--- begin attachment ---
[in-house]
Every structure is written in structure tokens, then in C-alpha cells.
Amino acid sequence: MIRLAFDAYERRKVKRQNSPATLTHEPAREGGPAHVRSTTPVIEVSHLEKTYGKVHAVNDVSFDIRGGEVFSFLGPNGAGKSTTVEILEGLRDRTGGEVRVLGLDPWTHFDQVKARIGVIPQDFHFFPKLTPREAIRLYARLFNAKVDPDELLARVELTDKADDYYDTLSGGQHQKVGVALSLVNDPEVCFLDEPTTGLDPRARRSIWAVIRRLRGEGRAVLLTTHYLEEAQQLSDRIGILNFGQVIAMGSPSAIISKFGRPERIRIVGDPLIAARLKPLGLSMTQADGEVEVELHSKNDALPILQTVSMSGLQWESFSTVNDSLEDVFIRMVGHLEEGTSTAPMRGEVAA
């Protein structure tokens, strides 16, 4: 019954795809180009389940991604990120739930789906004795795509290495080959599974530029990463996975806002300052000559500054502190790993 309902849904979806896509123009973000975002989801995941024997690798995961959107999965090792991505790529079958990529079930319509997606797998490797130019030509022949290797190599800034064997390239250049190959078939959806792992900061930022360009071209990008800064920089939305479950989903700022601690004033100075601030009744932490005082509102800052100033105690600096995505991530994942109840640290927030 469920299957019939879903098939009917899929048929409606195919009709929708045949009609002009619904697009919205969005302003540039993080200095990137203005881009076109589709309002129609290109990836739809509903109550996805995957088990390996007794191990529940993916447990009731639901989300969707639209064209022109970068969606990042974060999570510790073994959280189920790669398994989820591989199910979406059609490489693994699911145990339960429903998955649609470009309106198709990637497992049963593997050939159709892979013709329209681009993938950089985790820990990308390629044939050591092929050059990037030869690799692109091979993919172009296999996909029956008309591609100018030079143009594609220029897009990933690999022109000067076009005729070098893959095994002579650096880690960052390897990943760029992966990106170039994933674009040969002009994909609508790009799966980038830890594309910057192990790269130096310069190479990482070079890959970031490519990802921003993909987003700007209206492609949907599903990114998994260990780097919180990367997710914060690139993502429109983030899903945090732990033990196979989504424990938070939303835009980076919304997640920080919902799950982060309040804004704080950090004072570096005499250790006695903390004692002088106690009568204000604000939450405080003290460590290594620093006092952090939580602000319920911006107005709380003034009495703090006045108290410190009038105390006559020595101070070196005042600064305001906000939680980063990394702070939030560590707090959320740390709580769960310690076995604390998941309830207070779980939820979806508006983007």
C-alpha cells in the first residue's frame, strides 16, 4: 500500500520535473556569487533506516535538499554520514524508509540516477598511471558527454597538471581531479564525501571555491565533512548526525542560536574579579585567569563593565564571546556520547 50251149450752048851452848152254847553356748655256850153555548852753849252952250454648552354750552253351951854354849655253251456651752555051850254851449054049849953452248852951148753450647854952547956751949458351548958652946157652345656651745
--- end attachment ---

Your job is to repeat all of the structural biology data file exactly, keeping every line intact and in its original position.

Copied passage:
[in-house]
Every structure is written in structure tokens, then in C-alpha cells.
Amino acid sequence: MIRLAFDAYERRKVKRQNSPATLTHEPAREGGPAHVRSTTPVIEVSHLEKTYGKVHAVNDVSFDIRGGEVFSFLGPNGAGKSTTVEILEGLRDRTGGEVRVLGLDPWTHFDQVKARIGVIPQDFHFFPKLTPREAIRLYARLFNAKVDPDELLARVELTDKADDYYDTLSGGQHQKVGVALSLVNDPEVCFLDEPTTGLDPRARRSIWAVIRRLRGEGRAVLLTTHYLEEAQQLSDRIGILNFGQVIAMGSPSAIISKFGRPERIRIVGDPLIAARLKPLGLSMTQADGEVEVELHSKNDALPILQTVSMSGLQWESFSTVNDSLEDVFIRMVGHLEEGTSTAPMRGEVAA
């Protein structure tokens, strides 16, 4: 019954795809180009389940991604990120739930789906004795795509290495080959599974530029990463996975806002300052000559500054502190790993 309902849904979806896509123009973000975002989801995941024997690798995961959107999965090792991505790529079958990529079930319509997606797998490797130019030509022949290797190599800034064997390239250049190959078939959806792992900061930022360009071209990008800064920089939305479950989903700022601690004033100075601030009744932490005082509102800052100033105690600096995505991530994942109840640290927030 469920299957019939879903098939009917899929048929409606195919009709929708045949009609002009619904697009919205969005302003540039993080200095990137203005881009076109589709309002129609290109990836739809509903109550996805995957088990390996007794191990529940993916447990009731639901989300969707639209064209022109970068969606990042974060999570510790073994959280189920790669398994989820591989199910979406059609490489693994699911145990339960429903998955649609470009309106198709990637497992049963593997050939159709892979013709329209681009993938950089985790820990990308390629044939050591092929050059990037030869690799692109091979993919172009296999996909029956008309591609100018030079143009594609220029897009990933690999022109000067076009005729070098893959095994002579650096880690960052390897990943760029992966990106170039994933674009040969002009994909609508790009799966980038830890594309910057192990790269130096310069190479990482070079890959970031490519990802921003993909987003700007209206492609949907599903990114998994260990780097919180990367997710914060690139993502429109983030899903945090732990033990196979989504424990938070939303835009980076919304997640920080919902799950982060309040804004704080950090004072570096005499250790006695903390004692002088106690009568204000604000939450405080003290460590290594620093006092952090939580602000319920911006107005709380003034009495703090006045108290410190009038105390006559020595101070070196005042600064305001906000939680980063990394702070939030560590707090959320740390709580769960310690076995604390998941309830207070779980939820979806508006983007």
C-alpha cells in the first residue's frame, strides 16, 4: 500500500520535473556569487533506516535538499554520514524508509540516477598511471558527454597538471581531479564525501571555491565533512548526525542560536574579579585567569563593565564571546556520547 50251149450752048851452848152254847553356748655256850153555548852753849252952250454648552354750552253351951854354849655253251456651752555051850254851449054049849953452248852951148753450647854952547956751949458351548958652946157652345656651745